Alberta’s Minister of Environment and Parks Shannon Phillips thanked the panel members and the many Albertans, including Indigenous people, industry, environmental groups, municipalities and other partners and stakeholders for their contributions to the panel’s work.

“This is the right plan for our province, and now is the right time to implement it,” Phillips said.

Some environmentalists agree.

ForestEthics Canada Director Karen Mahon said, “Premier Notley’s bold plan holds oil companies responsible for carbon pollution where tar sands are extracted. That’s strong leadership and a very good thing for the climate.”

“This plan puts in place both a price and regulatory limit on carbon pollution. Coupled with the transition from coal to renewable electricity, this plan moves Alberta from climate laggard to a climate leader,” Mahon said.

Syncrude

Oil is extracted from the sand at this Syncrude facility at Mildred Lake, Alberta (Photo by jasonwoodhead23)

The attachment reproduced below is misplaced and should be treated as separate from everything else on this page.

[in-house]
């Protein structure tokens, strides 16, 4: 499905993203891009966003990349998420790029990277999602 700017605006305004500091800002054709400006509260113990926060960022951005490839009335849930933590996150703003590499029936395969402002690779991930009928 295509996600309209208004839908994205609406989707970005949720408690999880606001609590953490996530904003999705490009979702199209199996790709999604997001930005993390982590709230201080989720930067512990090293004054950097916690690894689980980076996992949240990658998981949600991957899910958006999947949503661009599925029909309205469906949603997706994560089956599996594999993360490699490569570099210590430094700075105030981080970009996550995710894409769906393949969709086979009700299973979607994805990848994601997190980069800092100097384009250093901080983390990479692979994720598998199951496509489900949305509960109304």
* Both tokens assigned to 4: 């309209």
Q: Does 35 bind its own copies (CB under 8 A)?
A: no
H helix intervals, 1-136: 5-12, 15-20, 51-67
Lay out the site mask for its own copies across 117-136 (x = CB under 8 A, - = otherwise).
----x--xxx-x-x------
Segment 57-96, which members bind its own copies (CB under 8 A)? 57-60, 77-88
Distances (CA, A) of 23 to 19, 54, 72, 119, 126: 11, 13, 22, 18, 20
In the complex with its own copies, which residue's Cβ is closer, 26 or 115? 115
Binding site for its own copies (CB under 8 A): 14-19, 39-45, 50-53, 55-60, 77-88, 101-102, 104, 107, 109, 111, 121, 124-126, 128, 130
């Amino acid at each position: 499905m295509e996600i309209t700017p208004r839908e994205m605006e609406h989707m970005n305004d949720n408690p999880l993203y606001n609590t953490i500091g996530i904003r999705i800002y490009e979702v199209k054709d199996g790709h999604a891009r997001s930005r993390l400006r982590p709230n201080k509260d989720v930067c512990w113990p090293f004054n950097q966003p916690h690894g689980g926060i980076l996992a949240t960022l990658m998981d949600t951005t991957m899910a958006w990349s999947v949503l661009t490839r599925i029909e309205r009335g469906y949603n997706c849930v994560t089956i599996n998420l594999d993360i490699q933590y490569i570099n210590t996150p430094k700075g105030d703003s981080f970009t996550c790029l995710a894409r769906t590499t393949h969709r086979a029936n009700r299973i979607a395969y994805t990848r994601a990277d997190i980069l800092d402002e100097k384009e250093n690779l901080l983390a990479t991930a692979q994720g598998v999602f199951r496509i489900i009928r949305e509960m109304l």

“Six million barrels of tar sands per day are currently permitted, but under this plan and under existing technology, half of that – three million barrels per day that would have burned – will now stay in the ground.

She called the plan “a game changer for Alberta and Canada” on the eve of the Paris climate talks.

“Canada is charting a new direction. There is now nothing standing in the way of Prime Minister [Justin] Trudeau legislating an ambitious national climate leadership plan,” Mahon said hopefully. Canada has just elected a Liberal Prime Minister, Justin Trudean, son of Canadian prime minister Pierre Trudean.